Danielle Crutchfield, Deputy Assistant to the President and Director of Scheduling
While many of us show up to work in cubicles tucked within bland office buildings, a chosen group of talented men and women spend long hours toiling for a singularly high-profile boss: the president. They work to enact policy changes and strengthen the bond between the president and the people. They document the world in pictures and help the administration operate like a tightly run ship. They seem perpetually tied to their BlackBerries. And no matter whether they work for a Republican or Democrat, the people employed by the president of the United States share at least one thing in common: A serious commitment to serving the American people. Here, a small selection of some of the bright minds who are currently working for President Barack Obama—what brought them to the White House, their roles, their expectations and their experiences.
DEPUTY ASSISTANT TO THE PRESIDENT & DIRECTOR OF SCHEDULING
What led you to your current position?
I started scheduling for Senator Maria Cantwell of Washington State. Her office was two doors down from then-Senator Obama. I got to know Alyssa Mastromonaco through a mutual friend, Terry Krinvic, director of scheduling and advance for President Clinton in Harlem. After leaving Cantwell’s office, I worked as Democratic strategist Paul Begala’s assistant. In 2007, Alyssa took me out for coffee and asked me to move to Chicago and work for Senator Obama’s campaign. She said she didn’t want to do this without me. I said yes, and it was the smartest decision I have made.
How do you think the public’s perception of life in the White House differs from the reality?
I used to imagine the White House as a very stuffy, formal place, but it doesn’t feel that way at all. We are like a family.
What is your favorite spot in the White House?
I really like looking at the photos (“Jumbos”) on the walls in the West Wing. They get changed almost every two weeks and it’s always fun to see what photos they have up. It’s great to see all the things we have worked on for weeks or months actually take place.
How have you seen the culture in the White House evolve in the past year?
Because it was our first year, I feel like we have all settled into our positions well and now have a better sense of how to execute.
What has been your most interesting or compelling White House experience?
Traveling never gets old. I get to travel to many different countries. I never dreamed I would take a toboggan ride along the Great Wall or visit the pyramids. It really is an amazing experience.
What would you describe as a “normal day” in the White House?
There is no such thing as a normal day at the White House. But my day normally starts out with a regular 9:15 a.m. meeting with Alyssa, Emmett (director of advance), Jessica (deputy director of scheduling) and Dave (deputy director of advance). Then from there it’s different every day.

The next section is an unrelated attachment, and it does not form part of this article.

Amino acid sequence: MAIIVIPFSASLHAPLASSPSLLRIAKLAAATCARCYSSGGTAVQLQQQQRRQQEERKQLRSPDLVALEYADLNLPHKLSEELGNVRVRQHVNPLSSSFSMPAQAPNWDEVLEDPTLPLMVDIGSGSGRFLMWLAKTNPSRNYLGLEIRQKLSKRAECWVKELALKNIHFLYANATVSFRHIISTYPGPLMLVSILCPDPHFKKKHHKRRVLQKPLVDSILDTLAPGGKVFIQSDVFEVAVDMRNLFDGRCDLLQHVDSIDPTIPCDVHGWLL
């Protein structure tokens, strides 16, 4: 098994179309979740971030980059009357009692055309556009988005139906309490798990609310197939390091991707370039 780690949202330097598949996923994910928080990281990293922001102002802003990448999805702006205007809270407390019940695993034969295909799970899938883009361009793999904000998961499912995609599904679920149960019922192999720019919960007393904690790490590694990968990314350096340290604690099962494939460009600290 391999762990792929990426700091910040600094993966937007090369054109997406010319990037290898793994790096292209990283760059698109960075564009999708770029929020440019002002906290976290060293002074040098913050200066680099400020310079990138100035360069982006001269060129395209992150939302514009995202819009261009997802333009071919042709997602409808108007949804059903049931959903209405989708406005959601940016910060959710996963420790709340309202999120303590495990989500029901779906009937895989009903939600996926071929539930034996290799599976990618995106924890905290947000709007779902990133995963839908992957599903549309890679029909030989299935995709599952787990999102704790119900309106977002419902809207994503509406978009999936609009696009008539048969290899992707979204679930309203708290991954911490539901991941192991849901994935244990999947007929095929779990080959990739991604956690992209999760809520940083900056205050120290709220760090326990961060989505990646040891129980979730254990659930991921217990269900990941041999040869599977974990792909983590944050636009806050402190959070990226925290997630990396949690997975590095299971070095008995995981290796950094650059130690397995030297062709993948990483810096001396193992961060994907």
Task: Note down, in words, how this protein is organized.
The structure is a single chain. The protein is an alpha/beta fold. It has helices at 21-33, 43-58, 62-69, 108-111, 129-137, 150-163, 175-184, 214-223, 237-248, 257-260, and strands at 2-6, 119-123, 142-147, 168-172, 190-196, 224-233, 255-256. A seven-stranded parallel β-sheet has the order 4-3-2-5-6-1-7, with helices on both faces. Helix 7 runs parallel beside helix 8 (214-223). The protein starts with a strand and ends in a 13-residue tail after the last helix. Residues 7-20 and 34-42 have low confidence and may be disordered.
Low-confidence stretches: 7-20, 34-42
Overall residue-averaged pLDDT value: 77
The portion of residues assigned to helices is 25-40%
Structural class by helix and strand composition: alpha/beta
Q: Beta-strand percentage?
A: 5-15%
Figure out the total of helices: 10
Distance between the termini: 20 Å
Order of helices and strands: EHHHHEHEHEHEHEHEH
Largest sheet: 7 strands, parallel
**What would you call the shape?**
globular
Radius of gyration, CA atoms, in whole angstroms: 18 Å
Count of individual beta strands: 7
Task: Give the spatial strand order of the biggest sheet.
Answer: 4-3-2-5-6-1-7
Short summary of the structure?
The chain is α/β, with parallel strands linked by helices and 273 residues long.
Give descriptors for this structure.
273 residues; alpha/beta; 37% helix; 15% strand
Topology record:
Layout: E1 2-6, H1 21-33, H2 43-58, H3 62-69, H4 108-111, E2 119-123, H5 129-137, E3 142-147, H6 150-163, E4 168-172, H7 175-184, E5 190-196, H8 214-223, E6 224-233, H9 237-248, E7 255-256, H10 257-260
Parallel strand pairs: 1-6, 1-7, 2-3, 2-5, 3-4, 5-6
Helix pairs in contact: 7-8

Who among the bosses, chiefs and managers is the most vocal or visible?
I think Rahm Emanuel, which is to be expected because he is the COS.
Who is the most interesting/memorable person you have encountered in the White House so far?
Although I have never met any of them, I’m always impacted by the Make a Wish kids that come to meet the president. Everything they have to go though puts life in perspective, and it’s a great feeling to be able to grant their number one wish and schedule time for them to meet the president.
Was The West Wing a good primer for working at the White House, or was it a source of gross misinformation?
I think some aspects of it are dead on. There have been a few shows when the senior staff are all dressed up to attend a formal event and end up doing a lot of work in their formal attire. Before the State Dinner, I thought of The West Wing watching my boss, Alyssa, work in her dress and a few others working in the West Wing in their tuxes. The fact that you never know what’s going to happen at any moment that can drastically change the course of the day is exactly the same.
How palpable is the sense of history for you when, say, you poke your head into the Oval Office or the Roosevelt Room?
It never gets old. I still remember the first time I saw the Oval during the transition. I stood in the door in awe and excitement for what was to come.
How many hours a day do you find yourself having to work?
It all depends on the day. Sometimes I’m done early, around 6:30 or 7:00 p.m., and other days when we may be working on a foreign travel I’m here very late or very early.
What do you do to try to achieve balance in your life?
I have some very close friends in D.C., some of them include my co-workers, and we make every effort to make sure work does not consume our lives. Alyssa also does a good job of making sure we take breaks when we need them.
What will be the biggest change in your life when you leave this job?
Having an abundance of time. I’m not sure I will know what to do with myself. I love being busy.